Undoubtedly, the actual drawings and sketches Leonardo made in his lifetime are some of the best parts of this book. It would have been nice if Stanley had included more of them in the story. Leonardo's paintings are nicely presented, but they're usually seen from a distance. At no point do we get a detailed and close look at any art that Leonardo created. Finally, a timeline would have been helpful in this story, but it has not been included.
None of this is to say that Stanley hasn't taken a difficult subject and made an interesting book out of it. The final product is a bit too advanced for those children accustomed to reading picture books, but older kids may shy away from the type of book they would consider "babyish". Open minded children may be the best audience for this piece of non-fiction. For those of you who would like something a little more in depth and interesting, I recommend "Leonardo: Beautiful Dreamer". In interesting book that suffers from an array of tiny nagging problems.
Leonard Da Vinci, the quintessential Renaissance Man Apr 27, 2002
The cover of this excellent juvenile biography of Leonardo Da Vinci is quite interesting because it shows him as a young man in front of the background from his most famous painting, the "Mona Lisa." I saw a story once that compared the face of the "Mona Lisa" with the famous red ink drawing of Da Vinci as an old man, which did size comparisons and argued they were the same. In other words, the "Mona Lisa" is really a self-portrait of Da Vinci. This makes a bit of sense since the artist worked on it for years, obviously with the benefit of a model. Diane Stanley's cover painting, intentionally or not, references this intriguing hypothesis.
Stanley does some fascinating things with the art throughout this book. She puts reproductions of Da Vinci's actual paintings into her own works and includes various drawings by Da Vinci to complement her text. Young readers will learn about the highlights of Da Vinci's life, both as an artist and as an inventor. Consequently, they will see not only the painting of "The Last Supper" but the flying machine he designed. In a fascinating postscript Stanley details what happened to the grave of Da Vinci and what few of his paintings remain. Stanley provides an excellent introduction to the life of the original Renaissance Man.
A typical Diane Stanley Book! Apr 12, 2002
For those who do not yet know, Diane Stanley writes the best kid-level biographies out there, and Leonardo da Vinci is no exception. She carefully traces his life from birth (including alluding to the legitamacy question) to death. Worked into the illustrations are many of Leonardo's works (so that you needn't buy a separate book for your child to appreciate them). A wonderful book that should be mandatory reading!
A Man of Vision..... Mar 11, 2002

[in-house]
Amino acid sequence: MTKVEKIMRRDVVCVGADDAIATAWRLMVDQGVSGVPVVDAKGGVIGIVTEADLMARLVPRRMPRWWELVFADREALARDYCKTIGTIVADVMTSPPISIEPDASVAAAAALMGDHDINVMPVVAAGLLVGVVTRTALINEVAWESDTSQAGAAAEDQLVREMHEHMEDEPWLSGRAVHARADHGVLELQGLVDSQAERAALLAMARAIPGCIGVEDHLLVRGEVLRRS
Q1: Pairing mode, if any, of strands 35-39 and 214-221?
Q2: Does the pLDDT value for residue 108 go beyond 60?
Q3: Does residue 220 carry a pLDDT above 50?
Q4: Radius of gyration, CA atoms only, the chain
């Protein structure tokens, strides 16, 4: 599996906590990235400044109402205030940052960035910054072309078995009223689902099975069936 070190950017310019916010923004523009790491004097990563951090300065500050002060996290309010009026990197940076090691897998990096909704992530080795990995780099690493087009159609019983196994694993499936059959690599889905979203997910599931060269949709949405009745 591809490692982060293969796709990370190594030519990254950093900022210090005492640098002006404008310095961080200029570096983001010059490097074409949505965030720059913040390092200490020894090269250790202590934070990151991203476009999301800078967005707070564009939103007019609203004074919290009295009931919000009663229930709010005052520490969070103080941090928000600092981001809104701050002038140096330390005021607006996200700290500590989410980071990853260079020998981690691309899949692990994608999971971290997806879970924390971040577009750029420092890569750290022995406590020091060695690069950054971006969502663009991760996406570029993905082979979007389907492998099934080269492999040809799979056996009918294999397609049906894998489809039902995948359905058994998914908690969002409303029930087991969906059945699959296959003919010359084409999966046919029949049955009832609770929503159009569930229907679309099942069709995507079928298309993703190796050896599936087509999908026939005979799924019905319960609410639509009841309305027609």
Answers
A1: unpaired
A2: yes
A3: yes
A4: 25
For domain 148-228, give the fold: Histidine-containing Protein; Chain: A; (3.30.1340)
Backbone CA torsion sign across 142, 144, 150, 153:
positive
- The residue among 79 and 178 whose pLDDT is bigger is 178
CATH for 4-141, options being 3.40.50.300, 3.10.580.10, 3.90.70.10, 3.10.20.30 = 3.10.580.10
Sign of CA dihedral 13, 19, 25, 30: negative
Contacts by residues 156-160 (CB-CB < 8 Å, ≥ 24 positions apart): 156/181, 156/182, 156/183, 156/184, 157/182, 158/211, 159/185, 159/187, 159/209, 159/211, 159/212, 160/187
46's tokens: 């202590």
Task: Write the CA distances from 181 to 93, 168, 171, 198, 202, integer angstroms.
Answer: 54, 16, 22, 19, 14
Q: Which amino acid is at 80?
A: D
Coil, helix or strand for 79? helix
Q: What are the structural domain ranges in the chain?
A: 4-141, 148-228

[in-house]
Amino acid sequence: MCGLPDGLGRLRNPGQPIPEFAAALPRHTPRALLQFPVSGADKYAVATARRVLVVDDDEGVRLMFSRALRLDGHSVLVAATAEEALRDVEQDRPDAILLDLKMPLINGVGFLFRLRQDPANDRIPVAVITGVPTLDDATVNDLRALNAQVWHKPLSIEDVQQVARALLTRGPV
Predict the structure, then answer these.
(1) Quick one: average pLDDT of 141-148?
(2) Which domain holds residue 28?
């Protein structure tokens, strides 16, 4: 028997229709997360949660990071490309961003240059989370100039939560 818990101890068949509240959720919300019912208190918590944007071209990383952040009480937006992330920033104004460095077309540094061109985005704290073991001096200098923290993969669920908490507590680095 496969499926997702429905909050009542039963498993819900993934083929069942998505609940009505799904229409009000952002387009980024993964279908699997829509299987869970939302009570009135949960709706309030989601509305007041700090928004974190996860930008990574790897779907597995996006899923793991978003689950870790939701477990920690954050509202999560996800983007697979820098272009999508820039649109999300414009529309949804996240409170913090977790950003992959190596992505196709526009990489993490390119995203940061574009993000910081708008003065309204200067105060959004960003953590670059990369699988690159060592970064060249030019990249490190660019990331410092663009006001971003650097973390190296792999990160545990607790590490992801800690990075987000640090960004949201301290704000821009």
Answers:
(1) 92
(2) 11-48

Meet Leonardo da Vinci, a man of vision who was centuries ahead of his time. Born April 15, 1452, and raised in his father's house, Leonardo was the illegitimate son of Ser Piero, "...an important man, a leading citizen of Vinci." and a peasant girl. Because of the circumstances of his birth, he was not entitled to an upper class education in banking, medicine, or law, and "what little schooling he got probably came from the parish priest and was limited to reading, writing, and simple arithmetic. He later described himself as an omo sanza lettere, a man without education." As a boy, Leonardo showed talent for drawing, and was sent to Florence to apprentice with the famous artist, Andrea del Verrocchio. And it was there that the course of his life began to take shape. Though his superb artistic talents were quickly recognized, and Leonardo was commissioned to paint many important works during his lifetime, he had a short attention span and was always restless, often failing to complete his pieces. His imagination, his interests and genius went far beyond art and painting. He was fascinated with anatomy, engineering, science, and music, and filled thousands of pages in his now famous notebooks with his ideas, plans, drawings and inventions. He was employed by kings, princes and popes, and was the friend of Machiavelli, Cesar Borgia and King Francis I, of France. But throughout his life he never married, and was a very solitary man..... Diane Stanley brings Leonardo da Vinci to life in this beautifully written and well researched, introductory biography. Her easy to read, conversational text is entertaining, engaging and intelligent, and packed full of history, drama, mystery, fun facts, anecdotes, and sketches from Leonardo's notebooks. Her graceful and elegant illustrations complement the story line beautifully, and really capture the essence of the artist and his times. With an introduction detailing the Italian Renaissance, and a Postscript to enhance and complete the narrative, this is an informative and spellbinding biography. Perfect for youngsters 9-12, Leonardo da Vinci is a wonderful addition to Ms Stanley's highly acclaimed biographical series, and a book that definitely shouldn't be missed.